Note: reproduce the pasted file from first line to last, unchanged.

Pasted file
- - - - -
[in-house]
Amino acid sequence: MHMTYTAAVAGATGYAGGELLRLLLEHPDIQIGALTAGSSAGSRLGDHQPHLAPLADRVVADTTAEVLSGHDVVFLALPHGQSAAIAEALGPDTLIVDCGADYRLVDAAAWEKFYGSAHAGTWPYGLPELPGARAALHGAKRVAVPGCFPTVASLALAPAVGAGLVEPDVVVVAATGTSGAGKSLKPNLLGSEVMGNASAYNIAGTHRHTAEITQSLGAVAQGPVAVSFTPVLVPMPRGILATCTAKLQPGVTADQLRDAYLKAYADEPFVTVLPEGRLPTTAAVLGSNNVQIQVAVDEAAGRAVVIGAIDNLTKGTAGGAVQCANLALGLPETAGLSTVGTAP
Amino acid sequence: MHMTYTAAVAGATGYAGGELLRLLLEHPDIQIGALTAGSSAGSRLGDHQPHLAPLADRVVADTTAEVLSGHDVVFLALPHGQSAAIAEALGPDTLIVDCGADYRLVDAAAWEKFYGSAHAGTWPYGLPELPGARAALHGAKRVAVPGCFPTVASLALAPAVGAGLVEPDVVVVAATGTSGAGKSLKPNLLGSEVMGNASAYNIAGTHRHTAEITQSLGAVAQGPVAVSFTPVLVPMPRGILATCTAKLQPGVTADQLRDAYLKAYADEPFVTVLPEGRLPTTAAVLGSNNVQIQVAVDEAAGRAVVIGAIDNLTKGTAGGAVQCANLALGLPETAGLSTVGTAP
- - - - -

[in-house]
Amino acid sequence: MHMTYTAAVAGATGYAGGELLRLLLEHPDIQIGALTAGSSAGSRLGDHQPHLAPLADRVVADTTAEVLSGHDVVFLALPHGQSAAIAEALGPDTLIVDCGADYRLVDAAAWEKFYGSAHAGTWPYGLPELPGARAALHGAKRVAVPGCFPTVASLALAPAVGAGLVEPDVVVVAATGTSGAGKSLKPNLLGSEVMGNASAYNIAGTHRHTAEITQSLGAVAQGPVAVSFTPVLVPMPRGILATCTAKLQPGVTADQLRDAYLKAYADEPFVTVLPEGRLPTTAAVLGSNNVQIQVAVDEAAGRAVVIGAIDNLTKGTAGGAVQCANLALGLPETAGLSTVGTAP
Amino acid sequence: MHMTYTAAVAGATGYAGGELLRLLLEHPDIQIGALTAGSSAGSRLGDHQPHLAPLADRVVADTTAEVLSGHDVVFLALPHGQSAAIAEALGPDTLIVDCGADYRLVDAAAWEKFYGSAHAGTWPYGLPELPGARAALHGAKRVAVPGCFPTVASLALAPAVGAGLVEPDVVVVAATGTSGAGKSLKPNLLGSEVMGNASAYNIAGTHRHTAEITQSLGAVAQGPVAVSFTPVLVPMPRGILATCTAKLQPGVTADQLRDAYLKAYADEPFVTVLPEGRLPTTAAVLGSNNVQIQVAVDEAAGRAVVIGAIDNLTKGTAGGAVQCANLALGLPETAGLSTVGTAP